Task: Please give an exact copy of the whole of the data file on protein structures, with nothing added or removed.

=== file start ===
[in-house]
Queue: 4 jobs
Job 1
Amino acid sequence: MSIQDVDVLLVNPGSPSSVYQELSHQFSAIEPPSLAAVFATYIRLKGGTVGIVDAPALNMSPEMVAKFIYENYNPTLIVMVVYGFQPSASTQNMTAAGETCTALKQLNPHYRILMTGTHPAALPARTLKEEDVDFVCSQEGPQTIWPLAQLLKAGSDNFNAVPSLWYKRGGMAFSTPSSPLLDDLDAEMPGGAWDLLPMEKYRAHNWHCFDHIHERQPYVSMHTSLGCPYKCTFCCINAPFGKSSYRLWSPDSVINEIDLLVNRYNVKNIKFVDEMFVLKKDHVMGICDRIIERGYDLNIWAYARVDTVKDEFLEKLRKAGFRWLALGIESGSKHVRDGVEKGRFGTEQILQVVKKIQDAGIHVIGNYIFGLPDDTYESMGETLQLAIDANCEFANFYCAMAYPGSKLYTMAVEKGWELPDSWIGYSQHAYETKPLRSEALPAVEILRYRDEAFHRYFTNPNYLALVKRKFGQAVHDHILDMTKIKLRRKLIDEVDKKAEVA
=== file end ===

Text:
[in-house]
Queue: 4 jobs
Job 1
Amino acid sequence: MSIQDVDVLLVNPGSPSSVYQELSHQFSAIEPPSLAAVFATYIRLKGGTVGIVDAPALNMSPEMVAKFIYENYNPTLIVMVVYGFQPSASTQNMTAAGETCTALKQLNPHYRILMTGTHPAALPARTLKEEDVDFVCSQEGPQTIWPLAQLLKAGSDNFNAVPSLWYKRGGMAFSTPSSPLLDDLDAEMPGGAWDLLPMEKYRAHNWHCFDHIHERQPYVSMHTSLGCPYKCTFCCINAPFGKSSYRLWSPDSVINEIDLLVNRYNVKNIKFVDEMFVLKKDHVMGICDRIIERGYDLNIWAYARVDTVKDEFLEKLRKAGFRWLALGIESGSKHVRDGVEKGRFGTEQILQVVKKIQDAGIHVIGNYIFGLPDDTYESMGETLQLAIDANCEFANFYCAMAYPGSKLYTMAVEKGWELPDSWIGYSQHAYETKPLRSEALPAVEILRYRDEAFHRYFTNPNYLALVKRKFGQAVHDHILDMTKIKLRRKLIDEVDKKAEVA